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Parents, administrators disagree on electing school board by district

Superintendent Renee Foose and School Board member Ann De Lacy oppose a bill that would change the school board election process so that board members are elected by councilmanic districts.
Superintendent Renee Foose and School Board member Ann De Lacy oppose a bill that would change the school board election process so that board members are elected by councilmanic districts. (Staff photo by Amanda Yeager)

To Howard County parents who testified Tuesday night in support of a state bill that could change the way local school board members are elected, the proposal would bring what they feel is some much needed accountability.

On the other hand, to Howard County public school administrators and school board members who shared their thoughts, the bill would spell partisan disaster for the future of the Board of Education.

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"The bill regarding the election of Howard County Board of Education members would undermine the education of the 53,000 students in our system," Superintendent Renee Foose told state delegation members.

Citing a need for more accountability and diversity on the Howard County Board of Education, two local legislators have drafted a bill that would change the way its members are elected.

The school board election bill, sponsored by Del. Vanessa Atterbeary, a Columbia Democrat, received much of the attention at Tuesday's public hearing, which focused on local bills that will be introduced at the start of next year's 90-day General Assembly session.

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Atterbeary's bill, which was written in collaboration with County Councilman Jon Weinstein, an Ellicott City Democrat, proposes electing five Board of Education members by district and two at-large. Currently, all seven members are elected at-large.

The Board of Education voted last month to oppose the bill. Addressing the delegation, Foose said that if it passed, "this bill would create a partisan board where each board member is elected to represent only a faction of students."

Foose was joined by a half dozen students, including Student Member of the Board Rachel Lin, and multiple Howard County principals in testifying against the legislation. The common thread running through their concerns was of a politicized school board that would prioritize some communities over others, to the detriment of students and their education.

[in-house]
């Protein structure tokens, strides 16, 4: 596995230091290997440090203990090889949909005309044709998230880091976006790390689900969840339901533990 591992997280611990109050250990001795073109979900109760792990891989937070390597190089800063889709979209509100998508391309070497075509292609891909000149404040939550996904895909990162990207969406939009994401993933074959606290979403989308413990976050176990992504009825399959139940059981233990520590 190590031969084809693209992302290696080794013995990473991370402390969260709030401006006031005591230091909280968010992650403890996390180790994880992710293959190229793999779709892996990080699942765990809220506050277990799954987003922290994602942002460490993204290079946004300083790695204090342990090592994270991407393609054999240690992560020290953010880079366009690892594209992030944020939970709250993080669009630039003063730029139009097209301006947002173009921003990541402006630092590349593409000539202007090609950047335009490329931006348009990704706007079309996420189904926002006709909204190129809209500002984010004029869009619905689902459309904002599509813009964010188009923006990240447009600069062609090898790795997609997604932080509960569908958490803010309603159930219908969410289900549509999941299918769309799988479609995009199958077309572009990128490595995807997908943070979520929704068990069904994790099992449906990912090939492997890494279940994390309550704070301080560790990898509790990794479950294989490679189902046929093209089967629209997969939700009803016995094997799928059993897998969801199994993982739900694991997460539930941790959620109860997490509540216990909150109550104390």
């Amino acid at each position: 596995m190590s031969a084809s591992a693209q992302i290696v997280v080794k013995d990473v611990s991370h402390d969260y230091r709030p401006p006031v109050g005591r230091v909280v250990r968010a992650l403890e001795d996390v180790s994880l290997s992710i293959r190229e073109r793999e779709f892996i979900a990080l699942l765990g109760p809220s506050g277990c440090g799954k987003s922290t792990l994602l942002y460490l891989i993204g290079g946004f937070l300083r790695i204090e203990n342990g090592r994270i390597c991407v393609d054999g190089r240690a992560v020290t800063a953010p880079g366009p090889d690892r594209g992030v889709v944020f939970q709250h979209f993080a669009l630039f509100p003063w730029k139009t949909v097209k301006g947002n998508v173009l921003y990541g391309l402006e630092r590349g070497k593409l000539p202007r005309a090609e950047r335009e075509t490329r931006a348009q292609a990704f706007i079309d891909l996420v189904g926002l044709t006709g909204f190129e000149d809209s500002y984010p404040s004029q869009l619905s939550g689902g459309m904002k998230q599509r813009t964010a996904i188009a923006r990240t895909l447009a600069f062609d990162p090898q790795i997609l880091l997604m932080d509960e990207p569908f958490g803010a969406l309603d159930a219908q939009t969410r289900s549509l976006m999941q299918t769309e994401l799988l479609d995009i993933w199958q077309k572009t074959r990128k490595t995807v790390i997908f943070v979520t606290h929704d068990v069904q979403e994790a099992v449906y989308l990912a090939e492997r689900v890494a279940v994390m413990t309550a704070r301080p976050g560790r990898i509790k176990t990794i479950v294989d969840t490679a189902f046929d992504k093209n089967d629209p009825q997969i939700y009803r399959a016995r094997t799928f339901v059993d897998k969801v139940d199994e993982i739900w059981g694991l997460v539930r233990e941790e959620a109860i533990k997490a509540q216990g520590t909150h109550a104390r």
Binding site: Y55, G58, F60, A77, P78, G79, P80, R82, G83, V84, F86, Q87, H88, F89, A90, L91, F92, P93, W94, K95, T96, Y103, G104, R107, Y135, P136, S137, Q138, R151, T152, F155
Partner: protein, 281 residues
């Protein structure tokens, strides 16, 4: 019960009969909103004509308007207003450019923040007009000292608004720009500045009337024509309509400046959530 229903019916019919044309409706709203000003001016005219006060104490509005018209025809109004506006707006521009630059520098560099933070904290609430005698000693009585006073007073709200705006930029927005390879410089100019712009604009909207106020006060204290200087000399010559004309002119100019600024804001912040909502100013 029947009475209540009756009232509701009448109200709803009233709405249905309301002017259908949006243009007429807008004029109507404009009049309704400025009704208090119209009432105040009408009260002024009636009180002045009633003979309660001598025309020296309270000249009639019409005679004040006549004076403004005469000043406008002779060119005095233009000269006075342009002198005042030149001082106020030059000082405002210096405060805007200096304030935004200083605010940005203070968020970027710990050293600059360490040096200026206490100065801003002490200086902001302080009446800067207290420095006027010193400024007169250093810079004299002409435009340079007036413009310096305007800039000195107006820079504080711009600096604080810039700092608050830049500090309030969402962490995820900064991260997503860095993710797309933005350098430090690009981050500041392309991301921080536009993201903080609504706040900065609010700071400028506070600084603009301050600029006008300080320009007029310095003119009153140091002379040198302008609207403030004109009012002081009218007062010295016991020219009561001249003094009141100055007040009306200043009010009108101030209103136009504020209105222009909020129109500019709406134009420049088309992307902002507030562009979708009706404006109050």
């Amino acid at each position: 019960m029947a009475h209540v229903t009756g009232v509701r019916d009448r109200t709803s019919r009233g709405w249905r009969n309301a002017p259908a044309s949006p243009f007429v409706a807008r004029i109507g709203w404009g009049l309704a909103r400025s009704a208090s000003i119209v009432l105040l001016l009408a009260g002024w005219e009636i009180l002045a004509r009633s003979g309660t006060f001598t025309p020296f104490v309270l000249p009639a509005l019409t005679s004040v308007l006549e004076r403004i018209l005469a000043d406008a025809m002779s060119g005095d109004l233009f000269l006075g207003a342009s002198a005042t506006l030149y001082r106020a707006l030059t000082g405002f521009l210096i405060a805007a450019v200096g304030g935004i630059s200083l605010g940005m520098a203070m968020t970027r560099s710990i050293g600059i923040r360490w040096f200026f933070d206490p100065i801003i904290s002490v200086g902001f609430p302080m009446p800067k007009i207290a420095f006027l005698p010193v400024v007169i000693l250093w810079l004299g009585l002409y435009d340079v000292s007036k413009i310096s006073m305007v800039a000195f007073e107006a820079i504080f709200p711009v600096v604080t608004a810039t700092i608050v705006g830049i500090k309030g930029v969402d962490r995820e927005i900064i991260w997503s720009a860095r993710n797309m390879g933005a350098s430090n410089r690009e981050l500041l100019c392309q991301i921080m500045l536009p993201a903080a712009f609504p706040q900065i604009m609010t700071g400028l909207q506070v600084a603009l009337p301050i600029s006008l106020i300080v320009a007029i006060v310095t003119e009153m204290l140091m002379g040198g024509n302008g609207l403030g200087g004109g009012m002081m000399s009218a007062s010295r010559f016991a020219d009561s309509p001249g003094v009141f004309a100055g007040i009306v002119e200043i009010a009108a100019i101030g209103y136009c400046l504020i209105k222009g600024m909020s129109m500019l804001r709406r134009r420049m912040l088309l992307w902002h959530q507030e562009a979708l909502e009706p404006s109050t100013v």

"It has always been my feeling as a teacher and as an administrator that the bottom line is always to consider what is in the best interest of our students," said Mount View Middle School Principal Tammy Goldeisen. "This bill would prevent board members from speaking as one voice in the best interests of our children."

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Opponents also pointed out potential technical problems in the bill. Some noted parents might live and vote in a different councilmanic district than where their child goes to school. Board Chairwoman Janet Siddiqui also said holding all Board of Education in the same election year, as the legislation proposes, "would be disastrous for transitions."

Parents who testified said they felt electing school board members by district would increase their accessibility to the community.

"Electing our Board of Education by district will offer better and more complete representation for voters of Howard County," said Leslie Kornreich, of Hanover. "It is the purest definition of representative democracy."

"I want somebody who knows what is going on in my district," said Judy George. "The way it's working now – it's not working."

Parent and former PTA Council of Howard County President Christina Delmont-Small said the current system of electing board members at-large makes it more difficult to replace incumbents.

"Currently we lack a mechanism that allows the voters to change the status quo if they feel the board is not meeting their needs," she said.

Howard County Education Association President Paul Lemle said the teachers' union supports school board elections by district.